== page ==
Know the signs of stress: First and foremost, it’s helpful to understand the signs of stress, anxiety, and fear in your dog. Your dog is becoming stressed when you see any or some of these… yawning, panting, licking of lips or nose, ears pinned back, a low tail, avoidance or mooneye where the white arc of the eye is showing. Doing what you can to lessen these negative responses early can help to deter the possibility of a more extreme reaction such as panic or aggression. If you know what situations stress your pet, you can better limit exposure to those stimuli.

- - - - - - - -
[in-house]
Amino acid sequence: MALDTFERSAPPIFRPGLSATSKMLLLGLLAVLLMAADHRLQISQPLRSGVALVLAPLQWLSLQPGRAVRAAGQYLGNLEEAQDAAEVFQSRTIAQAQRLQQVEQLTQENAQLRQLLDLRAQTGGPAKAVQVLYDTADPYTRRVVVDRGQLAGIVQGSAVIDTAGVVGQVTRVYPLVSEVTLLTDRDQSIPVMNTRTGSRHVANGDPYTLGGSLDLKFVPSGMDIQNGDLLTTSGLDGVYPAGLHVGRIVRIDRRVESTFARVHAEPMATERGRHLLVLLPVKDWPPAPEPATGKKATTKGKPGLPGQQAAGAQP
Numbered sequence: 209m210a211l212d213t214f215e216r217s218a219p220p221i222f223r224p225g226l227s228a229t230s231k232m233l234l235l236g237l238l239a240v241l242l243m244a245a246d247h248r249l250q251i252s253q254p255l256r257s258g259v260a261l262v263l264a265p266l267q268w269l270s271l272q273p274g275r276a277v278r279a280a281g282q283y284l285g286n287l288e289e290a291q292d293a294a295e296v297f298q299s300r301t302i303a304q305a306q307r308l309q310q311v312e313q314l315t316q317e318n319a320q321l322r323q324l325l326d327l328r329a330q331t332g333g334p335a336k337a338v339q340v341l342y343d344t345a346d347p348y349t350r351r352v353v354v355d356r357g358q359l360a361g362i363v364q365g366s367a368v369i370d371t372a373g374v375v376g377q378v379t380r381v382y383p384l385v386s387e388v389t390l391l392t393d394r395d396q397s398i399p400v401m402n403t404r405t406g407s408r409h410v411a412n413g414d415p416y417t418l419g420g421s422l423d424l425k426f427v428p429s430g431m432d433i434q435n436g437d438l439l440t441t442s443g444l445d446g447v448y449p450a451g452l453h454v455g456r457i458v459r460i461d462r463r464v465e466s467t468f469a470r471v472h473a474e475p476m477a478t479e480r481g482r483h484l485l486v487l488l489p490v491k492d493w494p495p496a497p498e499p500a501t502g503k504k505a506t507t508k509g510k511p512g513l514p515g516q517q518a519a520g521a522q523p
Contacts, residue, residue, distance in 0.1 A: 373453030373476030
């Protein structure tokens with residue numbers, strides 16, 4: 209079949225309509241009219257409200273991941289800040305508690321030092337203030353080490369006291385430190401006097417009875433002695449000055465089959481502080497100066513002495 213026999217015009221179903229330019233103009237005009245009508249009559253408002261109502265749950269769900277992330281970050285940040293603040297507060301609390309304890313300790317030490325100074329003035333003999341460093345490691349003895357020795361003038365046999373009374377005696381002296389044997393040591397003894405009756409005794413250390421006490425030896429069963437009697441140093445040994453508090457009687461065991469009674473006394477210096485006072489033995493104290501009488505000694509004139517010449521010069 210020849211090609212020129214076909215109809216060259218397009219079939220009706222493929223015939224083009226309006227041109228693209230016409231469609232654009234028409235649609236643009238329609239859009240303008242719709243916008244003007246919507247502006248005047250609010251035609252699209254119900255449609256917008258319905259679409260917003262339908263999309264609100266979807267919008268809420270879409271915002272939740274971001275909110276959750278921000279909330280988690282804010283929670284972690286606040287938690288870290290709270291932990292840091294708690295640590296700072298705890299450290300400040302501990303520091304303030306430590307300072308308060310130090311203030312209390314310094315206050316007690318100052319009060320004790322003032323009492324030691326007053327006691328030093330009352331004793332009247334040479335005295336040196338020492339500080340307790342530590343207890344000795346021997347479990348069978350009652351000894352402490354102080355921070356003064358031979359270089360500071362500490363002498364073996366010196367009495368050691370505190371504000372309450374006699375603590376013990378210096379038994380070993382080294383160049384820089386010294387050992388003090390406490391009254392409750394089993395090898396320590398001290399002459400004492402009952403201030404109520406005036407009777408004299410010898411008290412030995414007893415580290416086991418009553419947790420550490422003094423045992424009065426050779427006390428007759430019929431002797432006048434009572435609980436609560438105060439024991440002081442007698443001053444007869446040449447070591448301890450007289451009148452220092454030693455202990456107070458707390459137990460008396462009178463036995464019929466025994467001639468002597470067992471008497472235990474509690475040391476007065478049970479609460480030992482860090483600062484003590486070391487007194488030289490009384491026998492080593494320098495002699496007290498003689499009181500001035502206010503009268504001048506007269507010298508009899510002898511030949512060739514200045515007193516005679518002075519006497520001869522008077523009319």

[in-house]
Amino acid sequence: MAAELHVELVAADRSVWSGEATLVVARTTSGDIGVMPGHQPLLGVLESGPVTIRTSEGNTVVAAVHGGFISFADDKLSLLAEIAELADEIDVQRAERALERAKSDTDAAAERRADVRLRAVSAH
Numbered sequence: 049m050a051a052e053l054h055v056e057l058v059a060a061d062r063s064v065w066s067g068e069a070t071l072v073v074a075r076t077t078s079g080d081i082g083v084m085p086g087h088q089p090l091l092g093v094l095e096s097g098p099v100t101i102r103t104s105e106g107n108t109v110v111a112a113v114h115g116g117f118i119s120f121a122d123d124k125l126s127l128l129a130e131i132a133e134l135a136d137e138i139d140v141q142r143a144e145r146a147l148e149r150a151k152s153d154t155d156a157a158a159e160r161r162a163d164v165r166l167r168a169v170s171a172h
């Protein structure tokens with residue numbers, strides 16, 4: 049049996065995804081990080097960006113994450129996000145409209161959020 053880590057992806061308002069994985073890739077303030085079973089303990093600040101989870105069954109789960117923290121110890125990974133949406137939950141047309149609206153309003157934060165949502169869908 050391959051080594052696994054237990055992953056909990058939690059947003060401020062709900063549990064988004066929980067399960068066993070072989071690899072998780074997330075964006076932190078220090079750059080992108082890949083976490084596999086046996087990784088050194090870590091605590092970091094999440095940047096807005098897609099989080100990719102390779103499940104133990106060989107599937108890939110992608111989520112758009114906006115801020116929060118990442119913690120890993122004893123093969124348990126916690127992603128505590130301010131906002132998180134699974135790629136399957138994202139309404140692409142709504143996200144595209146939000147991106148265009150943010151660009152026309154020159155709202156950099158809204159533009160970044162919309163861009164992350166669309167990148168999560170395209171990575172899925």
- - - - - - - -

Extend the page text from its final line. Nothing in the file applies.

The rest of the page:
Keep your cool: Strangely enough, one of the best things you can do for your dog is to remain calm yourself. Pets take many of the cues from their human parents. If you are rushed, anxious or irritated, your pet will mirror your behavior.
Speak in a relaxed tone. While in the exam room act at ease. If you treat the visit as a routine your dog will learn to also.